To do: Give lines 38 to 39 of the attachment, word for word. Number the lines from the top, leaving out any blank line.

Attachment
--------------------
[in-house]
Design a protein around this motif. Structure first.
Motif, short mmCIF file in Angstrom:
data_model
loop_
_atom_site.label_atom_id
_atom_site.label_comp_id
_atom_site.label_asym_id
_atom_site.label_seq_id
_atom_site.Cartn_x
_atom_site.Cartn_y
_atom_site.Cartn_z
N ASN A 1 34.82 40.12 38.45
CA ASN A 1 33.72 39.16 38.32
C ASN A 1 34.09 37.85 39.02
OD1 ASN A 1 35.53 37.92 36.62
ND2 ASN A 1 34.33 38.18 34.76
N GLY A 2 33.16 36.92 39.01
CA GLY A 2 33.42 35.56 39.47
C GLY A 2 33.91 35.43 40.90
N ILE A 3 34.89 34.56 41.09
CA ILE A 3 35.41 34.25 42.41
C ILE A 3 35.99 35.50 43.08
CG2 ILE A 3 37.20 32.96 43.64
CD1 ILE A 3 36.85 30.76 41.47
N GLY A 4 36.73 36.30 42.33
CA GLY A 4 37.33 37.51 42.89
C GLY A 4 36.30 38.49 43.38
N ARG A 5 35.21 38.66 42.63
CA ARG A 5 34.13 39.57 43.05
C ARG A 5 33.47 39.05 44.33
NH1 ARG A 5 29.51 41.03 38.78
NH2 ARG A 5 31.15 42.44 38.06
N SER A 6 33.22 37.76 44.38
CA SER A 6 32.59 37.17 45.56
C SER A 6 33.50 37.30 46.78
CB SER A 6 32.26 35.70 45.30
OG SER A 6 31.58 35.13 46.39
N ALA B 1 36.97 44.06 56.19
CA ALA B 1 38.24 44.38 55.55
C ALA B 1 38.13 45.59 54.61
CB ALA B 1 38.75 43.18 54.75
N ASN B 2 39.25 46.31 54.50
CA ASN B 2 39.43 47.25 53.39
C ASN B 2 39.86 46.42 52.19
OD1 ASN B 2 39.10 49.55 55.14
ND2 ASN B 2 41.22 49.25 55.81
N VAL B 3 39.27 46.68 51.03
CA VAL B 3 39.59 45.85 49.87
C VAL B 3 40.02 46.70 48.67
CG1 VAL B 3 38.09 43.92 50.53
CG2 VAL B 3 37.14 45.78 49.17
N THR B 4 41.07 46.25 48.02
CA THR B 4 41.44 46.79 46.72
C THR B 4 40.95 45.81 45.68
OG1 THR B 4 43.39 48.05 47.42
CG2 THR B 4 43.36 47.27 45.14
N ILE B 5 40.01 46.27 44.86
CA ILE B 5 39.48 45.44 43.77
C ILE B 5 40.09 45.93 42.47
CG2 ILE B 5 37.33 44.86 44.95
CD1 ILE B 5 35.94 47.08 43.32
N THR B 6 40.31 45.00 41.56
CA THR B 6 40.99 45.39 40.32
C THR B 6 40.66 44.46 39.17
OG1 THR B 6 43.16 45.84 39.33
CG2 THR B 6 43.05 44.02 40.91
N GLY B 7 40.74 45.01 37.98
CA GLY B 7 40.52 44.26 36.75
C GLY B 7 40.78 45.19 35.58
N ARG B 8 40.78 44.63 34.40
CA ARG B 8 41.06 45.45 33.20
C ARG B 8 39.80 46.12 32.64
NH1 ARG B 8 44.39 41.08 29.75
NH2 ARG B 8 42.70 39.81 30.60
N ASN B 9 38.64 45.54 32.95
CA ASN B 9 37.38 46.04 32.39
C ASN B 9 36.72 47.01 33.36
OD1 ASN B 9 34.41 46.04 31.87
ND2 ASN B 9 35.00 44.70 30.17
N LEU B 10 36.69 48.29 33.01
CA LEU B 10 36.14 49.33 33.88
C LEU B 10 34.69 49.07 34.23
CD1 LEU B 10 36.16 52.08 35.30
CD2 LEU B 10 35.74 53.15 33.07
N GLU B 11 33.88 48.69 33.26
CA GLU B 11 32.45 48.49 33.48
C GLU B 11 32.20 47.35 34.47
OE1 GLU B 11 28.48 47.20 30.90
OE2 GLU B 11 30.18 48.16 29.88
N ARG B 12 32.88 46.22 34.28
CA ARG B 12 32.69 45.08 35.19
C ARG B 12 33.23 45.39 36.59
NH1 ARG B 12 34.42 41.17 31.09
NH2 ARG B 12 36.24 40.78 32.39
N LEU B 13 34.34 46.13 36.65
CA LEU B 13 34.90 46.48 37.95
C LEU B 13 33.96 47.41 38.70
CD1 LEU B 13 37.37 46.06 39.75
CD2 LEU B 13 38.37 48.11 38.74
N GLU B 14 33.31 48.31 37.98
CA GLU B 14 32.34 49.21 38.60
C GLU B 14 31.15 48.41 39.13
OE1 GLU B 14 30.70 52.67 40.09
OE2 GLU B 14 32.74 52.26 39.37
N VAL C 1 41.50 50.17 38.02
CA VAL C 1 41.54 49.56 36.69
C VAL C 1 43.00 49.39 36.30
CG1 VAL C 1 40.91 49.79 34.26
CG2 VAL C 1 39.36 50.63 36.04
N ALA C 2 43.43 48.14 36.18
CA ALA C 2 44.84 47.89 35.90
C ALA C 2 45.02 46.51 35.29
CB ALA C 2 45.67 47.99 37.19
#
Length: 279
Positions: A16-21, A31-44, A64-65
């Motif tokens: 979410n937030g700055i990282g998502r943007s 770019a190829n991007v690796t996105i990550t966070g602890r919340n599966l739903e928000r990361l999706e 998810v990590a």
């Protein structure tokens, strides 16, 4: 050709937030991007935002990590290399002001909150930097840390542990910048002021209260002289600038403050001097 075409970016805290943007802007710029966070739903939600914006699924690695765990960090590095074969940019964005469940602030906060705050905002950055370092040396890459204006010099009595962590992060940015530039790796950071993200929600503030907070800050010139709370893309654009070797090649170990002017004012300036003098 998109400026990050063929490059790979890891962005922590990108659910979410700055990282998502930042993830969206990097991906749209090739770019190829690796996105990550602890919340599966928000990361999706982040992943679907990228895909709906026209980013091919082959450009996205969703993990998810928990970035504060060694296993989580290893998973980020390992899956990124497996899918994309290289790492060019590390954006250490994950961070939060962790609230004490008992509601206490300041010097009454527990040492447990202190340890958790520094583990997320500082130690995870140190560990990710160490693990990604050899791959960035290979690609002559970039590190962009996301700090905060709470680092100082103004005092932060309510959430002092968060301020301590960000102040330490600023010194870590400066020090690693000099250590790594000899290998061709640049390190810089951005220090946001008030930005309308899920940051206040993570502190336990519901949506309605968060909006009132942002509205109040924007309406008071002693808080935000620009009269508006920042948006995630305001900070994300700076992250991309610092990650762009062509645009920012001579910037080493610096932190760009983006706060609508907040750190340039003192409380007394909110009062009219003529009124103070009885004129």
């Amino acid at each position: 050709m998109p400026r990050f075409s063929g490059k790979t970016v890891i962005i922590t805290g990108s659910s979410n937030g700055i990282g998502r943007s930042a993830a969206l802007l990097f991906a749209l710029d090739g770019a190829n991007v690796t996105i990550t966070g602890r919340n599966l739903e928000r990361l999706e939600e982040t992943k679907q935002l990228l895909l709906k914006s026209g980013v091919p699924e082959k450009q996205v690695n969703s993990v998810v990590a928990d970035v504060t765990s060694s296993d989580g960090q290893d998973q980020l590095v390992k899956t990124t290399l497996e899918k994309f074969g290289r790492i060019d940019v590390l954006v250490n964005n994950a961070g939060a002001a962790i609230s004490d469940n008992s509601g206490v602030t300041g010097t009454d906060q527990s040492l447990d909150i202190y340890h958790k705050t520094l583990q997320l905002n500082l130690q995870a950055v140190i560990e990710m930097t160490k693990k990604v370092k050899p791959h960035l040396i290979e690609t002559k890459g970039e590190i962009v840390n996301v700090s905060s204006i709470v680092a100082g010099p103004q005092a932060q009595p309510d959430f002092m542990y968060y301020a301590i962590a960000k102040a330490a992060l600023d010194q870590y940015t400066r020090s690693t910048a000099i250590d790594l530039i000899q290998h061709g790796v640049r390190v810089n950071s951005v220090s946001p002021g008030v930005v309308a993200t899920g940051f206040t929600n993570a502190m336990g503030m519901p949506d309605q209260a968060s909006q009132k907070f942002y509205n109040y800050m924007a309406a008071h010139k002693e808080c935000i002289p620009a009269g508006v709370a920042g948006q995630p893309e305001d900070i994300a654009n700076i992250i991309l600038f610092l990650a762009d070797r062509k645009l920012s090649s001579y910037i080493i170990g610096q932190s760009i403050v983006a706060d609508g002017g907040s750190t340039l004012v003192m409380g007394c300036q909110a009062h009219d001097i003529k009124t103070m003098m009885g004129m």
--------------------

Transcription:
OG SER A 6 31.58 35.13 46.39
N ALA B 1 36.97 44.06 56.19